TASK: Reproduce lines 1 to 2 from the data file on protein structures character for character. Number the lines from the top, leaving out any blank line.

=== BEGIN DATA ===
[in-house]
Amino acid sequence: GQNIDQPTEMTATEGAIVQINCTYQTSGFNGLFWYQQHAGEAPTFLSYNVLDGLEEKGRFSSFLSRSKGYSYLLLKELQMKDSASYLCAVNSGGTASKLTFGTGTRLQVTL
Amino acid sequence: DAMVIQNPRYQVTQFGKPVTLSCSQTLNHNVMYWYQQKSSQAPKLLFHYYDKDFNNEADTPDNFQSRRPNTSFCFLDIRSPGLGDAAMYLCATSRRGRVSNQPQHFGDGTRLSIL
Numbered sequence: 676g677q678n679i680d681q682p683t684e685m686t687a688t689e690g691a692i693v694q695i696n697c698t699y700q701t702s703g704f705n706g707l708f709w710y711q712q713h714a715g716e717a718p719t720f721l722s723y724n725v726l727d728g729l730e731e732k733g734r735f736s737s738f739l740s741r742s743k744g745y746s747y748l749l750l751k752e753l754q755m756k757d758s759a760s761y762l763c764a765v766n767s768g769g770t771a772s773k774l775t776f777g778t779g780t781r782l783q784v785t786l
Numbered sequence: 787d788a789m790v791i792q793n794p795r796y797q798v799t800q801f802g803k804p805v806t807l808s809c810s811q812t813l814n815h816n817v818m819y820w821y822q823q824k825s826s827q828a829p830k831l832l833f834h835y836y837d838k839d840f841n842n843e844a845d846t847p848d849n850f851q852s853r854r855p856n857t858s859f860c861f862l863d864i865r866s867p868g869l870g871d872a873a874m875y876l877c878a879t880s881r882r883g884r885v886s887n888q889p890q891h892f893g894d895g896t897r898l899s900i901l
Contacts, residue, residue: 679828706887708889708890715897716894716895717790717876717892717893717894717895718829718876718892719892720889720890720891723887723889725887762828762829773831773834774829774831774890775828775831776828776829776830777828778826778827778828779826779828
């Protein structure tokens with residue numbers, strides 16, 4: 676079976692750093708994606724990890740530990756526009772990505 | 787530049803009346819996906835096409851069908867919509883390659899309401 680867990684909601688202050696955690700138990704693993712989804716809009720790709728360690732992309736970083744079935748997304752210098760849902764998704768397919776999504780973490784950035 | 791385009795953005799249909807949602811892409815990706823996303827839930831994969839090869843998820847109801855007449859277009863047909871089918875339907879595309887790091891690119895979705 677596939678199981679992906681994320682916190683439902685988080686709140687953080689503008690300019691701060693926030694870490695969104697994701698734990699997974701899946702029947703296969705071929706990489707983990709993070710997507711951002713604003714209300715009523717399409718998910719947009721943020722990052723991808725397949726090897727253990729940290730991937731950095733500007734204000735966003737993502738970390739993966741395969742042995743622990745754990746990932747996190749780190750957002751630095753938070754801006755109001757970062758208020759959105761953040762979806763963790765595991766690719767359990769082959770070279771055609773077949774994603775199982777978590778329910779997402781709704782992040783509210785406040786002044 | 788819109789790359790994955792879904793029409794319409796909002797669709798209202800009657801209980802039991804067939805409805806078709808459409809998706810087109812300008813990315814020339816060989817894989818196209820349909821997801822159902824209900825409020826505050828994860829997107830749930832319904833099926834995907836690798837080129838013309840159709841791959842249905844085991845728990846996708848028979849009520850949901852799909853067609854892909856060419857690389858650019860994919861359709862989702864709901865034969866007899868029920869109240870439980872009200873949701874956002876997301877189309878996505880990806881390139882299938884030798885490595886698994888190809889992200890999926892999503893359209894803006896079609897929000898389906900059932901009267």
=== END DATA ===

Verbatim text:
[in-house]
Amino acid sequence: GQNIDQPTEMTATEGAIVQINCTYQTSGFNGLFWYQQHAGEAPTFLSYNVLDGLEEKGRFSSFLSRSKGYSYLLLKELQMKDSASYLCAVNSGGTASKLTFGTGTRLQVTL